Q&A | Elohim takes the stage with her ‘shoulders back, head held high’

In preparation for the DUSK Music Festival, Los Angeles-based singer and songwriter Elohim spoke with the Daily Wildcat about her new self-titled debut, creative processes and experiences with mental illness

elohim

Daily Wildcat: How long were you creating your debut album?

Elohim: I am always creating and those creations always somehow make it onto what I am creating in some way or another, so dare I say my whole life?

DW: What is your favorite song on your debut album and why?

E: “Insecure.” There is a special emotion within the song that is heart-wrenchingly inspiring. I had a feeling it would be a favorite for a few, and the night my record came out, most of the cuties online gravitated towards that song, sending pictures of themselves crying while listening to it — pretty remarkable to be able to share this part of me with my friends. 

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DW: “Elohim” is Hebrew for masculine “gods” or “deities” but is biblically used as the name of the Hebrew God. Why call yourself “Elohim”?

E: I struggle with severe panic and anxiety disorder. When I started this project, I needed help, I needed lifting up and I needed strength. This word embodies strength, hope and light. To me, it is a positive affirmation and encouraging word everyday telling me to go out there and face my fears, shoulders back, head held high. 

DW: When you first came into the limelight in 2015, you went to great lengths to protect your identity. Why was it so important to keep your identity and stage persona separate? Have your feelings on protecting your identity changed?

E: I feel the same but different. I am definitely much more open and outgoing, especially on stage. That being said, I feel like a different person when I am on stage, I feel like “Elohim.” She is unstoppable, she is the best version of me. I like to be able to get off tour and rest for a couple days in a “normal” life setting, be human and get re-grounded. Having my identity protected just makes every aspect of my life that much more rewarding and meaningful.

DW: Your song “Panic Attacks” feat. Yoshi Flower — can you tell me about the song, what it means to you and the musical and artistic choices you made when creating it?

E: Yoshi is one of my best friends in the entire world. He is like a brother to me. Creating with him is unlike creating with anyone else. He understands my mind, which is very rare. We let each other go all the way, go to the dark, go to the light and everywhere in between — no boundaries. Panic attacks are horrible and something I, unfortunately, have a lot of experience with. For me, it was nice to create a song that could bring comfort to others in a sense that they know someone else is dealing with the same issues they are. My listeners have become my best friends. They are the people I talk to when I am freaking out, because they know exactly what I am going through.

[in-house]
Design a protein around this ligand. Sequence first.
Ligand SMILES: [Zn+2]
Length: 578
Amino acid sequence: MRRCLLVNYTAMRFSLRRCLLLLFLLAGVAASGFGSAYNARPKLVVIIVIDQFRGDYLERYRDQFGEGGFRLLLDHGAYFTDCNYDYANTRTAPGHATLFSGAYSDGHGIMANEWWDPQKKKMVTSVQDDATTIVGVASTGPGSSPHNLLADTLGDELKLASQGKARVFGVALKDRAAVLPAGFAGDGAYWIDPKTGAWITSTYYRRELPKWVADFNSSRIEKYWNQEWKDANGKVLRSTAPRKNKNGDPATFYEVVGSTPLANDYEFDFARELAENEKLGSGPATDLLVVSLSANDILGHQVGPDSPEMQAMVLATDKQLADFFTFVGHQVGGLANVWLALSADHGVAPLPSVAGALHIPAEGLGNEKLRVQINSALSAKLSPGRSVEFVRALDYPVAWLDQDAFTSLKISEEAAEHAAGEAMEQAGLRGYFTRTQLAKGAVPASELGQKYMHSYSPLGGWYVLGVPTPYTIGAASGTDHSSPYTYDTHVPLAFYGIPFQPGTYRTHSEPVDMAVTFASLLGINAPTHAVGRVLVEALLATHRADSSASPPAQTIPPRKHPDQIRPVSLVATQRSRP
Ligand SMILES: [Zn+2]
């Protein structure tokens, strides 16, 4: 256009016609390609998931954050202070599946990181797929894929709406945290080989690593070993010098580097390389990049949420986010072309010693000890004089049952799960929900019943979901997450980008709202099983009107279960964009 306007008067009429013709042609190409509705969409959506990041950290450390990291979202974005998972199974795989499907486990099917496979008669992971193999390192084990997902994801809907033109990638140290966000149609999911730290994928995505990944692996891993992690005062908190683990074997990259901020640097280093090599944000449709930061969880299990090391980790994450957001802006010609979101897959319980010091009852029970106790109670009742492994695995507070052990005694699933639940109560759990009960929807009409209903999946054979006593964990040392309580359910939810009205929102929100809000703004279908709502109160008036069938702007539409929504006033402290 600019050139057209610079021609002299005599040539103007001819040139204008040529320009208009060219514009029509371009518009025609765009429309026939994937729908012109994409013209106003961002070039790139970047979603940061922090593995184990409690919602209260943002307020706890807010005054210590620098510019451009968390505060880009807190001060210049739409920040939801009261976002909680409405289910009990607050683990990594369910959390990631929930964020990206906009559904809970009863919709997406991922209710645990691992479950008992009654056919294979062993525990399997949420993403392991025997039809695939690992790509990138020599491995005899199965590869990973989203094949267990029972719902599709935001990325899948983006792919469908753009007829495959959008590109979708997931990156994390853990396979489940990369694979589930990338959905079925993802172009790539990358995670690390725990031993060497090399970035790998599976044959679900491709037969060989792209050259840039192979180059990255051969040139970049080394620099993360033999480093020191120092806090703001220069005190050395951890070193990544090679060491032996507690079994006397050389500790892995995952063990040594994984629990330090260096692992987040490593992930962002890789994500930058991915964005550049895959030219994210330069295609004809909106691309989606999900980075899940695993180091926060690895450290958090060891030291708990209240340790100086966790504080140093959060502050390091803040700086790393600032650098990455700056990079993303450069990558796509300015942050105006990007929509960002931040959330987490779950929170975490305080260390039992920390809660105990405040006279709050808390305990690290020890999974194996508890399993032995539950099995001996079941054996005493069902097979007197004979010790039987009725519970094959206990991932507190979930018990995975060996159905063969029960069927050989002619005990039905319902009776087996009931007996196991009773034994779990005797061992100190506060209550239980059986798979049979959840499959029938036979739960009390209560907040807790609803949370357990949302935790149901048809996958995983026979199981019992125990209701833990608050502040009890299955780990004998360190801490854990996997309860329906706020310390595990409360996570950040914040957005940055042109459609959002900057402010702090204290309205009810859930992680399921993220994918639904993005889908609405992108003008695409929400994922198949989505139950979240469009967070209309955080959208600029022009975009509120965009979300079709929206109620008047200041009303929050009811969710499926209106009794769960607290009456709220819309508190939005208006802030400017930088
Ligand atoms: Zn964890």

DW: Some of your songs like “Panic Attacks” and “Hallucinating” seem to suggest anxiety. What do you hope your audience learns from listening to these songs?

E: I hope my audience will realize they aren’t alone, and if they need help, it is 150 percent okay and are encouraged to get it. I want to be there for them like they are there for me. Anxiety, mental health, panic, depression, etc. is horrible. It is debilitating and feels like you’ll never be okay. And really, unless you have experienced it first hand, it is pretty hard to empathize. I had a tour manager watch me go through a severe panic attack in Vancouver — throwing up, lying on the floor unable to speak. It forever changed the way he views mental health. He had no idea it got that bad. I understand what my listeners and beyond are going through, and it is my gift and purpose to put it into song so they have somewhere safe to go when they need it. 

DW: What is your creative process? 

E: My process is different every time; it also depends on if I am alone or collaborating. I really enjoy creating weird sounds on my computer and going from there. Then other times, I will sit at a piano and write an entire song in an hour or be driving and voice-memo an entire idea.

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DW: I know you only released Elohim in April of this year, but do you have any big projects in the works for the next few years? What’s your next move?

E: It feels like I’ve lived a lifetime since April, so I am not mad at the question. I have a lot of new music that will be coming out in the near future. I plan on forever developing and growing and bringing love to people’s lives through this crazy thing called music — forever evolving and aiming to be the best I can be.


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